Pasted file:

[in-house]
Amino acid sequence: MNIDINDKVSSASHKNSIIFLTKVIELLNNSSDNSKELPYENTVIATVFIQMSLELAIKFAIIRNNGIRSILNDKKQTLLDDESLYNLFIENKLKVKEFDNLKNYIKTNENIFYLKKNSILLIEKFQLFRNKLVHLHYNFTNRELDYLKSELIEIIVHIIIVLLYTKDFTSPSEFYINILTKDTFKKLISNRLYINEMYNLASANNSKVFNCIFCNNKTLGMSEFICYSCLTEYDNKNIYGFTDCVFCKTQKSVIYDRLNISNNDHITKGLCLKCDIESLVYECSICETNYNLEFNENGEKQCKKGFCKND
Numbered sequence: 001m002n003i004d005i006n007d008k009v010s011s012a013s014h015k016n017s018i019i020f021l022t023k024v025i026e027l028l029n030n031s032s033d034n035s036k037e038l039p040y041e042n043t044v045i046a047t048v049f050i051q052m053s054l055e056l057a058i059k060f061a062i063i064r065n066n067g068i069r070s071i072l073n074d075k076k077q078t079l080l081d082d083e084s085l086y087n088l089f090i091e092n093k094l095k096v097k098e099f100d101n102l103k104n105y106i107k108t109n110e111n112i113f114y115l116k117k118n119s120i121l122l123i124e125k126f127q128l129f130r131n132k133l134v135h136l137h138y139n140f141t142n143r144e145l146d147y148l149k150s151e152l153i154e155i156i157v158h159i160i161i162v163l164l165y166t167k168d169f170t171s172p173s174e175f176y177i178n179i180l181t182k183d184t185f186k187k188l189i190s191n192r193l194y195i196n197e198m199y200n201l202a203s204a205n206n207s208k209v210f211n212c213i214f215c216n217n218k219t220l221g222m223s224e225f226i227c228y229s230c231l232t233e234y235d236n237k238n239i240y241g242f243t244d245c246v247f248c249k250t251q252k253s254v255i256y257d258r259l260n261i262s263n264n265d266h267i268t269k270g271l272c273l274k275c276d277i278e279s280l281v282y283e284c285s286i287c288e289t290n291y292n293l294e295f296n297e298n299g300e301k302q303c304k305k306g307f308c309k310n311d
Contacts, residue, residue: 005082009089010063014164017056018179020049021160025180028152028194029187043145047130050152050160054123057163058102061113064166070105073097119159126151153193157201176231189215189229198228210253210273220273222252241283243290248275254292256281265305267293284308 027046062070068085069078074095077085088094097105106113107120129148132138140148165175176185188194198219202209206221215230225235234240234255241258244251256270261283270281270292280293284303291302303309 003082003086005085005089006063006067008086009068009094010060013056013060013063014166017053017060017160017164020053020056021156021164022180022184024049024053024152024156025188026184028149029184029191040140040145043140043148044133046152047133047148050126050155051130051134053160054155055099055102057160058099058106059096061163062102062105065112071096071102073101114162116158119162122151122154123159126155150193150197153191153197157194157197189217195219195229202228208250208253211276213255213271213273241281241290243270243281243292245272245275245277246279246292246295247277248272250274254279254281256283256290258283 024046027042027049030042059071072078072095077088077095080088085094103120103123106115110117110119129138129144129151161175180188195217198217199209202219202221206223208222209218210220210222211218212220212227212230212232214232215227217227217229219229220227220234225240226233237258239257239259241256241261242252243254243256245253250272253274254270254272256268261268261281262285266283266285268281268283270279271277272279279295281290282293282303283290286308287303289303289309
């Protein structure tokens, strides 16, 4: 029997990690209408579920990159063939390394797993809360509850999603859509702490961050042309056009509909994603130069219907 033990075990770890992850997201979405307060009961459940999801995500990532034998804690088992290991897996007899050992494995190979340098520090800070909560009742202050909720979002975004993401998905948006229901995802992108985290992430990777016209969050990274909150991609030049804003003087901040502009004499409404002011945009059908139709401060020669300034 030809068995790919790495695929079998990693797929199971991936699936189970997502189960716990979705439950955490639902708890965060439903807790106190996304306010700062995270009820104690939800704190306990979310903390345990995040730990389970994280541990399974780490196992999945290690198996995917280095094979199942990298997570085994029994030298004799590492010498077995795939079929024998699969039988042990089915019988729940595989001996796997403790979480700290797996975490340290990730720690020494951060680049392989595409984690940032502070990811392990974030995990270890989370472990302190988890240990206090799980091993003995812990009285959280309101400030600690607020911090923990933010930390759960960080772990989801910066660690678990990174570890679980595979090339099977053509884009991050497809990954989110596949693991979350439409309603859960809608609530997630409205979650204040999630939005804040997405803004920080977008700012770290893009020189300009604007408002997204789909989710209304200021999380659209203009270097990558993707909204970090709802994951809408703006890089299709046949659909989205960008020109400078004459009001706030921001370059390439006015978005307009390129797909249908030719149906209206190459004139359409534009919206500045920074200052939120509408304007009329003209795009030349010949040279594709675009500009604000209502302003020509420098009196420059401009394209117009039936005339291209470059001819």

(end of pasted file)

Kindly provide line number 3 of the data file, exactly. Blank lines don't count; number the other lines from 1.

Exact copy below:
Numbered sequence: 001m002n003i004d005i006n007d008k009v010s011s012a013s014h015k016n017s018i019i020f021l022t023k024v025i026e027l028l029n030n031s032s033d034n035s036k037e038l039p040y041e042n043t044v045i046a047t048v049f050i051q052m053s054l055e056l057a058i059k060f061a062i063i064r065n066n067g068i069r070s071i072l073n074d075k076k077q078t079l080l081d082d083e084s085l086y087n088l089f090i091e092n093k094l095k096v097k098e099f100d101n102l103k104n105y106i107k108t109n110e111n112i113f114y115l116k117k118n119s120i121l122l123i124e125k126f127q128l129f130r131n132k133l134v135h136l137h138y139n140f141t142n143r144e145l146d147y148l149k150s151e152l153i154e155i156i157v158h159i160i161i162v163l164l165y166t167k168d169f170t171s172p173s174e175f176y177i178n179i180l181t182k183d184t185f186k187k188l189i190s191n192r193l194y195i196n197e198m199y200n201l202a203s204a205n206n207s208k209v210f211n212c213i214f215c216n217n218k219t220l221g222m223s224e225f226i227c228y229s230c231l232t233e234y235d236n237k238n239i240y241g242f243t244d245c246v247f248c249k250t251q252k253s254v255i256y257d258r259l260n261i262s263n264n265d266h267i268t269k270g271l272c273l274k275c276d277i278e279s280l281v282y283e284c285s286i287c288e289t290n291y292n293l294e295f296n297e298n299g300e301k302q303c304k305k306g307f308c309k310n311d